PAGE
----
Retrotechtacular: Remembering Radio Shack P-Box Kits

If you are under a certain age, you probably associate Radio Shack with cellphones. While Radio Shack never gave us access to the variety and economy of parts we have today, they did have one thing that I wish we could get again: P-Box kits. The obvious questions are: What’s a P-Box and why do I want one? But the kit wasn’t to make a P-Box. P-Box was the kind of box the kit came in. It was like a piece of perfboard, but made of plastic, built into a plastic box. So you bought the kit — which might be a radio or a metal detector — opened the box and then built the kit using the box as the chassis.

The perfboard was pretty coarse, too, because the components were all big discrete components. There was at least one that had an IC, but that came premounted on a PC board that you treated like a big component. One of my favorites was a three-transistor regenerative shortwave receiver. In those days, you could pick up a lot of stations on shortwave and it was one of the best ways at the time to learn more about the world.

On the left, you can see a picture of the radio from the 1975 catalog. You might think $7.95 is crazy cheap, but that was at least a tank full of gas or four movie tickets in those days, and most of us didn’t have a lot of money as kids, so you probably saved your allowance for a few weeks, did chores, or delivered papers to make $8.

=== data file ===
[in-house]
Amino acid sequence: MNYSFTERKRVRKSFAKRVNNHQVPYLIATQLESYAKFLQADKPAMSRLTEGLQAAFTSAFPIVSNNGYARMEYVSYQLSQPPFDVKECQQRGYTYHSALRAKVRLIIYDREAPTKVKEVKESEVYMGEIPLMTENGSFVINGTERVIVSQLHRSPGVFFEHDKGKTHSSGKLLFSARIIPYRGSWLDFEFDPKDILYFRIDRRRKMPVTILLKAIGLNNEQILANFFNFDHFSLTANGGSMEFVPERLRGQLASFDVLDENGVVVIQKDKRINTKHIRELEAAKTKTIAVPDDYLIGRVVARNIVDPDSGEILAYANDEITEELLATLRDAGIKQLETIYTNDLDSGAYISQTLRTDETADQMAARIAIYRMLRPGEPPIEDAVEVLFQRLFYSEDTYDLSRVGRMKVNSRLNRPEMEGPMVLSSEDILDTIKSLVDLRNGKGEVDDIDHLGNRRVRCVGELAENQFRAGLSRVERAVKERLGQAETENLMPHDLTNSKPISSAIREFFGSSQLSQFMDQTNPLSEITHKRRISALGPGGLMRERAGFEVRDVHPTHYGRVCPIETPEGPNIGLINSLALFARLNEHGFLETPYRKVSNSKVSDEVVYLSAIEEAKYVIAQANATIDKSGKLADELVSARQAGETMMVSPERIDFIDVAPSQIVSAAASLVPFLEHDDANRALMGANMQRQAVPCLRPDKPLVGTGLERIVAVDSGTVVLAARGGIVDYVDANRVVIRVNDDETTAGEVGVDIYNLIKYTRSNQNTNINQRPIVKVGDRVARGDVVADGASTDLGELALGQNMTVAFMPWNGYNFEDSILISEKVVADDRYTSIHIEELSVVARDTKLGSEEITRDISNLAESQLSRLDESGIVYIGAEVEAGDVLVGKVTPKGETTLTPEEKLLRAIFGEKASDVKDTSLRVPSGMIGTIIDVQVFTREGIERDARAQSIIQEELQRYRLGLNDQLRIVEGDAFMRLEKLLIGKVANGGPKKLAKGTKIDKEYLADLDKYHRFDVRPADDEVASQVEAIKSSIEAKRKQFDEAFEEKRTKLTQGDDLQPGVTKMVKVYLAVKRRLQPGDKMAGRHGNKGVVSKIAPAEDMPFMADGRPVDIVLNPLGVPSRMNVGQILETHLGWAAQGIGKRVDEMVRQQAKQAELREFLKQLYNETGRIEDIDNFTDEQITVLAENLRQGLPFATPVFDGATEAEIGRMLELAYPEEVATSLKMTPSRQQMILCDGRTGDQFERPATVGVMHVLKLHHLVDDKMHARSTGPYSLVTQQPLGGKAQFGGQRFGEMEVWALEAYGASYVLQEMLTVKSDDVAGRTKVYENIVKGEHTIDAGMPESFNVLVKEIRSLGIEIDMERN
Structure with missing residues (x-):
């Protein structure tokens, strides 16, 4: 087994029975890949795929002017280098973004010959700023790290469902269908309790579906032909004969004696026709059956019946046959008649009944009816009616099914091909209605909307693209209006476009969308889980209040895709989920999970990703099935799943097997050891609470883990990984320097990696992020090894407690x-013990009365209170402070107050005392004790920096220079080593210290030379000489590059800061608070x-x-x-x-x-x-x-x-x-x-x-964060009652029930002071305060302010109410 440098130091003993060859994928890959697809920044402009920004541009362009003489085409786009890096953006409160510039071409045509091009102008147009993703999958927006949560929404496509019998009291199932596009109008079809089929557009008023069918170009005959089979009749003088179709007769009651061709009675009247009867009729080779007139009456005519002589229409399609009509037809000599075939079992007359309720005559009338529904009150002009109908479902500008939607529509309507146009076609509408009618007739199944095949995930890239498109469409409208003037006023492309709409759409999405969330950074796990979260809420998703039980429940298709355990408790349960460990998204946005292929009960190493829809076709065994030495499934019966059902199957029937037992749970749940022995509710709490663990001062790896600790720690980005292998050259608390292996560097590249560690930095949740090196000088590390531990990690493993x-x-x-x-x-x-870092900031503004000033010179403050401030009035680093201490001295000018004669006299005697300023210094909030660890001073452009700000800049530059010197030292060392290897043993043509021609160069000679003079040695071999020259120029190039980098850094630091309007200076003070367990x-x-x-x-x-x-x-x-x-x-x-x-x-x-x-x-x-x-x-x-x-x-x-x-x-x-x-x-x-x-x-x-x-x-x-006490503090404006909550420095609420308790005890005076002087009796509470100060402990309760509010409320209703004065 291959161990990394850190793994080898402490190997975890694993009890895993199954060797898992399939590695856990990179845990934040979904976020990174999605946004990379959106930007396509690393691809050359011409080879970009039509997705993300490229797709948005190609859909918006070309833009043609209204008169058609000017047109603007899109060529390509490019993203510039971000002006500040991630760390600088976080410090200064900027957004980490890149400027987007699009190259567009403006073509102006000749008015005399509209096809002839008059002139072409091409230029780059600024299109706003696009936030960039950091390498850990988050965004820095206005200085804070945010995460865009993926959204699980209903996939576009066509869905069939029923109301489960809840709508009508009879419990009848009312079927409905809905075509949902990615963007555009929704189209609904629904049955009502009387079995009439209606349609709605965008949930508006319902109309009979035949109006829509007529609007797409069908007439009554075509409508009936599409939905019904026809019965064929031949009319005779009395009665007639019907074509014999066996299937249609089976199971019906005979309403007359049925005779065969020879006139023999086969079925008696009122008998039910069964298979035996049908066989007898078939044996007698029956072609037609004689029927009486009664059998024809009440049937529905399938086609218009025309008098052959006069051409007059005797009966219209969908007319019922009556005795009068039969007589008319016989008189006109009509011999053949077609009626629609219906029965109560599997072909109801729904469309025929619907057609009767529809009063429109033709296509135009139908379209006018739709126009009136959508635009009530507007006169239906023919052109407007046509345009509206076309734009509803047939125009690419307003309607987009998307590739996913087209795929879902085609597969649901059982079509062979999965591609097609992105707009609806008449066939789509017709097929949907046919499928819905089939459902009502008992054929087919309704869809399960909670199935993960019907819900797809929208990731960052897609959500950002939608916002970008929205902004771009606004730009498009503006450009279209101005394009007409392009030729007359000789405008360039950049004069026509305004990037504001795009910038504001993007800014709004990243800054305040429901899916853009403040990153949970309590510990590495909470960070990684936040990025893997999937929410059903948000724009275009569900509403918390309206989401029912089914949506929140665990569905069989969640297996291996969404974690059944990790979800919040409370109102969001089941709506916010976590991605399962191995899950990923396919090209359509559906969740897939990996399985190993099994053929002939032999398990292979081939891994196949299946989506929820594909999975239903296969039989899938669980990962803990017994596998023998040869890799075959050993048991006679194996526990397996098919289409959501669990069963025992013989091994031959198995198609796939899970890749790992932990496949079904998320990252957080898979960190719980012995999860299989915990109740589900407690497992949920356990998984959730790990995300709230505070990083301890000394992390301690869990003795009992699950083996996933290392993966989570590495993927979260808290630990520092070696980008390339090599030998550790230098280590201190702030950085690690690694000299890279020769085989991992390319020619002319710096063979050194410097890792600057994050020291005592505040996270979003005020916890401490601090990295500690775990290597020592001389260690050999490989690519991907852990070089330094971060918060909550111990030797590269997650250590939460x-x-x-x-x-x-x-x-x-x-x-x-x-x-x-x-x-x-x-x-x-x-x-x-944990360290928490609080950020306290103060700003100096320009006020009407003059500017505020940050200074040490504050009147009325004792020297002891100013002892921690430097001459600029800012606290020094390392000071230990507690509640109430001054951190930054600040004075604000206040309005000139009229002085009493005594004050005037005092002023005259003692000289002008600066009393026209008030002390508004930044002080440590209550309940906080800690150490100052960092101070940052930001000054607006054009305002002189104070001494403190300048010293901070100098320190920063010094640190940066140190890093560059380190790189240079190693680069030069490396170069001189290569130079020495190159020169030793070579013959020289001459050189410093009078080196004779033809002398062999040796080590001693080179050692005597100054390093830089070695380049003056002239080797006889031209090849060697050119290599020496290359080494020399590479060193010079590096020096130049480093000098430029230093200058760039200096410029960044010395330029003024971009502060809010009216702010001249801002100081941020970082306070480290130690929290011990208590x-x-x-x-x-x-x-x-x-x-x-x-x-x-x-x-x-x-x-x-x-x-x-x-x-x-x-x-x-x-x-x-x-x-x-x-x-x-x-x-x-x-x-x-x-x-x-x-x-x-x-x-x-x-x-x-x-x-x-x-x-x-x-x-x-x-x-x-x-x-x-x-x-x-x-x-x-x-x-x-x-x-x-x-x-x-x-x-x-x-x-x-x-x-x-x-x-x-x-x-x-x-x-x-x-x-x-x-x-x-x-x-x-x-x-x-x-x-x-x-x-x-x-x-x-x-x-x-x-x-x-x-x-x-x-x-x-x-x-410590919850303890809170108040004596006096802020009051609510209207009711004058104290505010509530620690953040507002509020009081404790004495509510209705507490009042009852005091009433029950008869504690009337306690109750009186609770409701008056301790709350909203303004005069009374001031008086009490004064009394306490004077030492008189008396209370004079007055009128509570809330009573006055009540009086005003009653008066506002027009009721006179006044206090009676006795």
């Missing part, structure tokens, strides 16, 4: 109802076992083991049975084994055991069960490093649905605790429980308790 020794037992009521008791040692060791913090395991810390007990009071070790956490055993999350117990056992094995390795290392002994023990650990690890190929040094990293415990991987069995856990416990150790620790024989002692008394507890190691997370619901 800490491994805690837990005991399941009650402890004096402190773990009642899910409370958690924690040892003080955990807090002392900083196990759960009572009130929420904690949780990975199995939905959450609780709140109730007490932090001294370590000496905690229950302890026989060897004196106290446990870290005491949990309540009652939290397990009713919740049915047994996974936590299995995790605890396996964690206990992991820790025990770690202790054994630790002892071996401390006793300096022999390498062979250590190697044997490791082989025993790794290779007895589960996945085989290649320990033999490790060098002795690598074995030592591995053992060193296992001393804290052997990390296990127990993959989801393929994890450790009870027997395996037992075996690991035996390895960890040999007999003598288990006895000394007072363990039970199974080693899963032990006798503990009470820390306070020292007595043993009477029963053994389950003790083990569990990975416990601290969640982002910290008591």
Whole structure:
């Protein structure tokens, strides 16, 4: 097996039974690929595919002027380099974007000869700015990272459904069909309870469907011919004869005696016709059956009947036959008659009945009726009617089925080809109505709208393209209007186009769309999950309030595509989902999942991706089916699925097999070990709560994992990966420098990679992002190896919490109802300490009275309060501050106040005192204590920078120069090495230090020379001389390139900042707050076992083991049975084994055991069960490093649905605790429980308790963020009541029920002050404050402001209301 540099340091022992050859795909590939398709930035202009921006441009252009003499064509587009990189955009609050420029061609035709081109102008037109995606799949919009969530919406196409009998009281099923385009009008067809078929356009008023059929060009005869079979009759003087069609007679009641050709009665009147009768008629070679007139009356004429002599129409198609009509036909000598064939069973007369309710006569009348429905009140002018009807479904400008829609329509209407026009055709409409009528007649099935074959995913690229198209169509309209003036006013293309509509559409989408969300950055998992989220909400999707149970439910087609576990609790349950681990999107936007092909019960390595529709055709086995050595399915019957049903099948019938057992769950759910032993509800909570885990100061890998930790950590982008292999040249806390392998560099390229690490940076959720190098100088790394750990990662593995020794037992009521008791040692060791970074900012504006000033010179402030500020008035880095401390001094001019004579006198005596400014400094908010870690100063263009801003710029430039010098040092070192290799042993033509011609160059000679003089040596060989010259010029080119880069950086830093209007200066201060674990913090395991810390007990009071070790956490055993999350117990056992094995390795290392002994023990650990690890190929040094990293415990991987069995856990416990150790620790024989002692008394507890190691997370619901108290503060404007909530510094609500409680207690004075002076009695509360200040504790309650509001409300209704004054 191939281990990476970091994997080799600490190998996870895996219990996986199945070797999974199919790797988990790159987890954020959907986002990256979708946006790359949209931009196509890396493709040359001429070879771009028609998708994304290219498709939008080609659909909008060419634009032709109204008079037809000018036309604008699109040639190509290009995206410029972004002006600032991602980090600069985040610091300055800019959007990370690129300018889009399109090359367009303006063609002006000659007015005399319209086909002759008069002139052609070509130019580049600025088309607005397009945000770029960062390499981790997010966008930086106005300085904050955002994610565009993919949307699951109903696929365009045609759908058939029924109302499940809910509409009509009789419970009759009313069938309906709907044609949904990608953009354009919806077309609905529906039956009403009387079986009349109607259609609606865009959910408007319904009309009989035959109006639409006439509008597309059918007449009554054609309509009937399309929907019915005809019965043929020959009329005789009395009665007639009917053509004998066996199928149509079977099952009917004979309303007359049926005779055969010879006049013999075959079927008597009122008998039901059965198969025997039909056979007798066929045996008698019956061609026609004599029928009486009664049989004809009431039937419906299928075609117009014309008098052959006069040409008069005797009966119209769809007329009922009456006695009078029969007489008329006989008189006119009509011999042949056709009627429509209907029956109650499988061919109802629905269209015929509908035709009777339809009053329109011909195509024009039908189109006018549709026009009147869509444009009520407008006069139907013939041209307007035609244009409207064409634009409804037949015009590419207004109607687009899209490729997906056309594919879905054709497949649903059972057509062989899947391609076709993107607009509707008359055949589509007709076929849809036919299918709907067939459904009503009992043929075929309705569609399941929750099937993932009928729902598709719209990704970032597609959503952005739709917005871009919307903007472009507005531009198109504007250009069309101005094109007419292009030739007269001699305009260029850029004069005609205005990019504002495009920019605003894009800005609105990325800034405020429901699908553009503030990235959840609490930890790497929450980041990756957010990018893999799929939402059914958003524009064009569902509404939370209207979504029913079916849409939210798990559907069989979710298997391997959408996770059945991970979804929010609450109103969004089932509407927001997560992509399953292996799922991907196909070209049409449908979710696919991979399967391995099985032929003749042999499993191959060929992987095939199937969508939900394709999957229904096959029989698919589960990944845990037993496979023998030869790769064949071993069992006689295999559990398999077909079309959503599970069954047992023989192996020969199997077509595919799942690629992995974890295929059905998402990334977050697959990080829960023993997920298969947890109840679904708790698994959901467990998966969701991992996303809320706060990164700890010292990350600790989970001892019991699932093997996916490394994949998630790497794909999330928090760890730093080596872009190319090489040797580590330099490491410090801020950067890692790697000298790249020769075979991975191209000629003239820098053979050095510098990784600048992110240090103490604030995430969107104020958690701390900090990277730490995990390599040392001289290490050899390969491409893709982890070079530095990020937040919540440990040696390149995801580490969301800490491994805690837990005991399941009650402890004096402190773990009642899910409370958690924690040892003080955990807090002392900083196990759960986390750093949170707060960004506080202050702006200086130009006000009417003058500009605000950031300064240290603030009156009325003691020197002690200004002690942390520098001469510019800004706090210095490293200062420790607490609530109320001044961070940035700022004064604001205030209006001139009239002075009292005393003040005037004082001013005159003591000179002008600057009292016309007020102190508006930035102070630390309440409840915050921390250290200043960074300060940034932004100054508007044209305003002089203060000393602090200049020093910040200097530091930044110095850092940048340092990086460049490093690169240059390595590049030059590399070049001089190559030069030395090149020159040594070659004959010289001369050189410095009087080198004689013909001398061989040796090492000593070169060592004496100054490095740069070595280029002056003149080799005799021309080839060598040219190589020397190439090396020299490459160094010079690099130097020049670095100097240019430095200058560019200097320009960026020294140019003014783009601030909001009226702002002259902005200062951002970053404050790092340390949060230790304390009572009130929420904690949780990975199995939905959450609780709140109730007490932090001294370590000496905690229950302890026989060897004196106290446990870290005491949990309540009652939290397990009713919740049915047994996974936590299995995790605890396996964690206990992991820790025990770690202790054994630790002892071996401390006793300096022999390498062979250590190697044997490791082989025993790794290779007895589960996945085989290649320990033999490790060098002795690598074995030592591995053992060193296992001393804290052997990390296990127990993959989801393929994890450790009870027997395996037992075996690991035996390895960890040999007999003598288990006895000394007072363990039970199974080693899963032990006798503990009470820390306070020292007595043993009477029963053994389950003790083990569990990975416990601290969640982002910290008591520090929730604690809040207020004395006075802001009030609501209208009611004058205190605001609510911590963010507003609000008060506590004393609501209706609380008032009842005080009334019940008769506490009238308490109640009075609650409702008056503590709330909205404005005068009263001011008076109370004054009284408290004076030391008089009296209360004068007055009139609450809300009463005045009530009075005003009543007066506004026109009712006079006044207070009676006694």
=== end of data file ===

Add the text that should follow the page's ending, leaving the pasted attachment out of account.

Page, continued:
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My Oscilloscope Uses Fire

If you want to visualize sound waves, you reach for your oscilloscope, right? That wasn’t an option in 1905 so physicist [Heinrich Rubens] came up with another way involving flames. [Luke Guigliano] and [Will Peterson] built one of these tubes — known as a Rubens’ tube — and will show you how you can, too. You can see a video of their results, below. Just in case a flame oscilloscope isn’t enough to attract your interest, they are driving the thing with a theremin for extra nerd points.

The guys show a short flame run and one with tall flames. The results are surprising, especially with the short flames. Of course, the time base is the length of the tube, so that limits your measurements. The tube has many gas jets along the length and with a sound source, the height of the flames correspond to the air pressure from the sound inside the tube.

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Off Road Vehicle has Six Wheels and Fluid Power

What has six wheels and runs on water? Azaris — a new off-road vehicle prototype from Ferox. Azaris has a rocker suspension modeled after the one on the Mars rover. The problem is, linking four drive wheels on a rocker suspension would be a nightmare. The usual solution? Motors directly in the wheels. But Ferrox has a different approach.

The vehicle has a conventional BMW motorcycle engine but instead of driving a wheel, it drives a pump. The pump moves fluid to the wheels where something similar to a water wheel around the diameter of the wheel causes rotation. The fluid is mostly water and the pressure is lower than a conventional hydraulic system. Auto Times has a video of some stills of the prototype and you can see it below. We haven’t actually seen it in motion, unfortunately.